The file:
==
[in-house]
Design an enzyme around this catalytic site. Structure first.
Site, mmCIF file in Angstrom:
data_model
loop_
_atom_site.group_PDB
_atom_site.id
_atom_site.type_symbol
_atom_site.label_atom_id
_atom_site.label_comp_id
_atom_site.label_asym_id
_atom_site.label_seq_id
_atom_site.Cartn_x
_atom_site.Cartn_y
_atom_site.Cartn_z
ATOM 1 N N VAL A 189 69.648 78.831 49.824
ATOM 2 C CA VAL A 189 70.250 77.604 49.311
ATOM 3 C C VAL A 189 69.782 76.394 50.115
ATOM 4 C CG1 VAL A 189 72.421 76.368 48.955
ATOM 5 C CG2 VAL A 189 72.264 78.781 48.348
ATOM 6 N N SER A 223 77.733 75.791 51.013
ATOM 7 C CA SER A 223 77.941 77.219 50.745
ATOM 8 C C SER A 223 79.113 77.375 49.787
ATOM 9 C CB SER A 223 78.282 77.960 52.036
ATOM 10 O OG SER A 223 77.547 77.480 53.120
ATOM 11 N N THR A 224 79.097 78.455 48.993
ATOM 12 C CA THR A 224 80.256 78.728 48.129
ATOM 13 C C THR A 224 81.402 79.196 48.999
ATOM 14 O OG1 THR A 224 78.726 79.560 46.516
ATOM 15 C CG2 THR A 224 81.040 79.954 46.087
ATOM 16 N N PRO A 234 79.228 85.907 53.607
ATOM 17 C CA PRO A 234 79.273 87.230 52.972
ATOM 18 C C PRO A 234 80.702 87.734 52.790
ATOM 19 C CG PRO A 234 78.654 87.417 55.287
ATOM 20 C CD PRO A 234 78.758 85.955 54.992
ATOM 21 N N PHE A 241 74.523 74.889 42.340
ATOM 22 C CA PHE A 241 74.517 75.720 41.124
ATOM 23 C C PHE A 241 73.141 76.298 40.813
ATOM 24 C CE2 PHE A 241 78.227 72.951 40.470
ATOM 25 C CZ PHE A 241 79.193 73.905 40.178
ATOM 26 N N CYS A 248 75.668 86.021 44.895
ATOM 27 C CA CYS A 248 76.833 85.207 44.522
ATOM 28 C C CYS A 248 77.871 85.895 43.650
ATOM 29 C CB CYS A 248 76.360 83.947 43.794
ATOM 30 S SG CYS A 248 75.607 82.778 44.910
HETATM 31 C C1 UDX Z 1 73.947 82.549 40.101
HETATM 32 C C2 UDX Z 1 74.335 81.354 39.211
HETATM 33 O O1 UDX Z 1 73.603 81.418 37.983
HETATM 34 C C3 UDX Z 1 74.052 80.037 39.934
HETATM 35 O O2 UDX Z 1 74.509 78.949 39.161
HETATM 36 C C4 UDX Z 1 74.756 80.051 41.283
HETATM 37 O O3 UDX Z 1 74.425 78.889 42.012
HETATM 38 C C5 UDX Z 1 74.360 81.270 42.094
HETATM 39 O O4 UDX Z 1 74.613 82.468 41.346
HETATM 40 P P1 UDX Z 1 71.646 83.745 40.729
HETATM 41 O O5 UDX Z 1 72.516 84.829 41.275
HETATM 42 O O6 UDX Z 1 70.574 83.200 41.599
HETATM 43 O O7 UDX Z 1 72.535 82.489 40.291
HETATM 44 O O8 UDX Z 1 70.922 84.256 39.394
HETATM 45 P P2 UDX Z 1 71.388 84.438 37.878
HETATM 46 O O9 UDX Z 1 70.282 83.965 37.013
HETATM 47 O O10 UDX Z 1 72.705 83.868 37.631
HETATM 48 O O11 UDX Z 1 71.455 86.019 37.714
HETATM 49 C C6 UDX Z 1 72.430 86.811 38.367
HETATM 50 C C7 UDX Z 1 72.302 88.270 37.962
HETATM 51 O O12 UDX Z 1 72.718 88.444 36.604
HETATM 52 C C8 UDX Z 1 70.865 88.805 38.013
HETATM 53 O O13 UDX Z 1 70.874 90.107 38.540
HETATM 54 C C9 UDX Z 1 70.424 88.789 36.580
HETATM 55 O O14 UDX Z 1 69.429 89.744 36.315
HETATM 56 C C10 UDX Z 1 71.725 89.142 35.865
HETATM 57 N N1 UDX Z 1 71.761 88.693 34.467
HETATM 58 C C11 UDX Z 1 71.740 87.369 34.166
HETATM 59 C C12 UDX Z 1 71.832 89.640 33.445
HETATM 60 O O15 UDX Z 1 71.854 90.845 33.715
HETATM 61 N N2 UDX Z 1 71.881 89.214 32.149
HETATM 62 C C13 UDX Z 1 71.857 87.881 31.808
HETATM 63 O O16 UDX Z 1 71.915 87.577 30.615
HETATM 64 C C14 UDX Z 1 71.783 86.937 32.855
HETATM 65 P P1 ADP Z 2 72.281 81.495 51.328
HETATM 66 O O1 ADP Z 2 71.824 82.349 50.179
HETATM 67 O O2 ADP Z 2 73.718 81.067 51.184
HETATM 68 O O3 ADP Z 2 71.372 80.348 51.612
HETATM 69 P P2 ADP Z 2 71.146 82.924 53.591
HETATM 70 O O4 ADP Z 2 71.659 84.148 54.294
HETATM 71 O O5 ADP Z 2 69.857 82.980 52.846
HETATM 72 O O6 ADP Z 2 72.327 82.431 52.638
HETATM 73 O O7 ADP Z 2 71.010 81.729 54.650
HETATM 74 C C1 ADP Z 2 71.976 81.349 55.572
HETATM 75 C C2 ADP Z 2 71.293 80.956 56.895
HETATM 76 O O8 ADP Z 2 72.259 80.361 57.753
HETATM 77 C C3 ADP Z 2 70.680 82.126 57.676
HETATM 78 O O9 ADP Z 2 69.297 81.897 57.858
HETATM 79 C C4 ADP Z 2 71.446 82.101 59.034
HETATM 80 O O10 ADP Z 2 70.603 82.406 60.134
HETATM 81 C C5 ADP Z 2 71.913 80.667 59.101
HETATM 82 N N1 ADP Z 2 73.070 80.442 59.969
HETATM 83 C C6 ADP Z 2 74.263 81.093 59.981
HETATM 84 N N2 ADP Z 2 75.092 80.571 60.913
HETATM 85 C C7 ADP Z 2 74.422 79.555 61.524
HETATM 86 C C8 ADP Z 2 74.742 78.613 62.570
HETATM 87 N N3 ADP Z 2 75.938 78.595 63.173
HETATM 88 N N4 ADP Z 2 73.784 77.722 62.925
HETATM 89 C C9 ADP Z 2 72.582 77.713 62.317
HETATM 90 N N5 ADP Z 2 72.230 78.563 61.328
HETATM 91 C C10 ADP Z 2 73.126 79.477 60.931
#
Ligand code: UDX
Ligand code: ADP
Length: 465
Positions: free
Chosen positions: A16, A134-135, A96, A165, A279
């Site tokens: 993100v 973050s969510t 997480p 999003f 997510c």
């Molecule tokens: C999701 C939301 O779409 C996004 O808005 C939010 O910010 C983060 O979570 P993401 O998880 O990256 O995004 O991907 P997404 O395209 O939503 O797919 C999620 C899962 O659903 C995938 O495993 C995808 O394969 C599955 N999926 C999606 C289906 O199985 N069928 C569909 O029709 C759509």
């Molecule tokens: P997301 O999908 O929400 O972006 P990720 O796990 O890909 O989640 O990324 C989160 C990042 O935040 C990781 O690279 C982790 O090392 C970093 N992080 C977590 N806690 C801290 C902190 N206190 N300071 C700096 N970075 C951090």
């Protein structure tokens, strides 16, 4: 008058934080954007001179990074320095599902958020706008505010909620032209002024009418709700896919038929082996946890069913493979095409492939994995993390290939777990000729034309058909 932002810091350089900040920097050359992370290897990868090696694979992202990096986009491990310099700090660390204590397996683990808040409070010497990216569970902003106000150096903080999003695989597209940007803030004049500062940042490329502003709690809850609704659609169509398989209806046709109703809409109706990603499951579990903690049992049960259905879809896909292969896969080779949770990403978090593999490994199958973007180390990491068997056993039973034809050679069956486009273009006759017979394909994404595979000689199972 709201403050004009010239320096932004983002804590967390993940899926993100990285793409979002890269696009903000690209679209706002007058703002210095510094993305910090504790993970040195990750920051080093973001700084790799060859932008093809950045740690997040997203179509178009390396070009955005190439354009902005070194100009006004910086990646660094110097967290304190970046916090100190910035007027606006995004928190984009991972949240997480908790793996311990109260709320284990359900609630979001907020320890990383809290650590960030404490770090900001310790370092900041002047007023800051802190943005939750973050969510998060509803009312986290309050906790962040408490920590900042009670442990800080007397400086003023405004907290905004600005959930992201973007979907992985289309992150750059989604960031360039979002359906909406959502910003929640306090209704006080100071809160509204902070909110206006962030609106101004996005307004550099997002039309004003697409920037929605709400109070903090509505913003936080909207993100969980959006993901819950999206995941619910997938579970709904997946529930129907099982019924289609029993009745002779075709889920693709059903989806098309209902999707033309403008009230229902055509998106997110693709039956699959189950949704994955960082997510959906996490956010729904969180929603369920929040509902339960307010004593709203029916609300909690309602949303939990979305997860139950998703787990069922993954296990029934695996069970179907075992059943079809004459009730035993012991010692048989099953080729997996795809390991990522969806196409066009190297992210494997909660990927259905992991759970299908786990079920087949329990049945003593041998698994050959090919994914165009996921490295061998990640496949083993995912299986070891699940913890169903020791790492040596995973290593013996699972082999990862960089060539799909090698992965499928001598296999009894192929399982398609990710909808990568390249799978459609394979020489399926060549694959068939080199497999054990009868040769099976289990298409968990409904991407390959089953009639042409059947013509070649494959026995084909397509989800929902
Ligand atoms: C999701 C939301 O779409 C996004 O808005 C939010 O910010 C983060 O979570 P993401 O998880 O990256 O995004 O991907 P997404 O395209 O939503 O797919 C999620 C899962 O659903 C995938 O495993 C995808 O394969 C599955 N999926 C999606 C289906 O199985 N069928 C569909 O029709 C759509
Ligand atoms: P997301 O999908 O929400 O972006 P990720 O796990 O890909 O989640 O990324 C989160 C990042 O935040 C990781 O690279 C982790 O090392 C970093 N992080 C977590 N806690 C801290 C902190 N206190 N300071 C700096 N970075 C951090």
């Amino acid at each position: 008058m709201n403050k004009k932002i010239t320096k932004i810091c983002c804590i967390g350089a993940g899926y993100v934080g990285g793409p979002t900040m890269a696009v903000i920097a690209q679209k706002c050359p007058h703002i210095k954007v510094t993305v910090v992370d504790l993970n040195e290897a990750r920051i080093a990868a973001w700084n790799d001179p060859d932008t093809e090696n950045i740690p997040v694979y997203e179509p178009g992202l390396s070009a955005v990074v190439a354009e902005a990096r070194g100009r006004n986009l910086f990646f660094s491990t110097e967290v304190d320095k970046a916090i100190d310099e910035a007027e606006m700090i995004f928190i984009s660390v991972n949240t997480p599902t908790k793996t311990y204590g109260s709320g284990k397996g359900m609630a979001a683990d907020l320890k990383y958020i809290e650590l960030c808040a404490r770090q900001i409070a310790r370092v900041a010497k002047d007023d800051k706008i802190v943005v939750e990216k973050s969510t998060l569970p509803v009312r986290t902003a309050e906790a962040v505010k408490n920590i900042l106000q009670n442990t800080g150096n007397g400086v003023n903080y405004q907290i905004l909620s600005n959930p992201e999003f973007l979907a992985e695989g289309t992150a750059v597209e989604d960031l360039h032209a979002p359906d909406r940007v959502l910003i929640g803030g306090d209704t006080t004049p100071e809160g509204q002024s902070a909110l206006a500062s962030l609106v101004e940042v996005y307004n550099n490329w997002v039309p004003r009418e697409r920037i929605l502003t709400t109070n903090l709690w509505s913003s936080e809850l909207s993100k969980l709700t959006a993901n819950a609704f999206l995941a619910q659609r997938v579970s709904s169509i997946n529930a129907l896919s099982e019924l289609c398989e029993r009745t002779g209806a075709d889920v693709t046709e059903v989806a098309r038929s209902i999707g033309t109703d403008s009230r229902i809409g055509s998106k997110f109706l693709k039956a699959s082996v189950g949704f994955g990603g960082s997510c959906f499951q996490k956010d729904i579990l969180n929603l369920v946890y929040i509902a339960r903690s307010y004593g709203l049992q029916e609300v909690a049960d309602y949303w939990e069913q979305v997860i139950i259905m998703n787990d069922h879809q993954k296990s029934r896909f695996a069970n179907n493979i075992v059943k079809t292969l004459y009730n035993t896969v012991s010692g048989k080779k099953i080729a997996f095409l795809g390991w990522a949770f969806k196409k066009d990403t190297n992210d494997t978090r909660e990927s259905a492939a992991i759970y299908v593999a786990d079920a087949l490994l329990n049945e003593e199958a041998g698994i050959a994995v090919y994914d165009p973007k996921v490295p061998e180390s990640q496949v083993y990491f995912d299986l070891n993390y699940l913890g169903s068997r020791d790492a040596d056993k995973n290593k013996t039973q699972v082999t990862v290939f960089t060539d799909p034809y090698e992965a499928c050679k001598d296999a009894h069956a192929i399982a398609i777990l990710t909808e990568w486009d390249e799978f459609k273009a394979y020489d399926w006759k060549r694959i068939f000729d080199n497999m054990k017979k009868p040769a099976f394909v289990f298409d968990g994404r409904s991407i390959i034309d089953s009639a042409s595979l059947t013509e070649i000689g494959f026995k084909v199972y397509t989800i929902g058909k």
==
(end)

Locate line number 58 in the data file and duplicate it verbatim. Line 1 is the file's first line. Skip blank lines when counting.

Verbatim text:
HETATM 43 O O7 UDX Z 1 72.535 82.489 40.291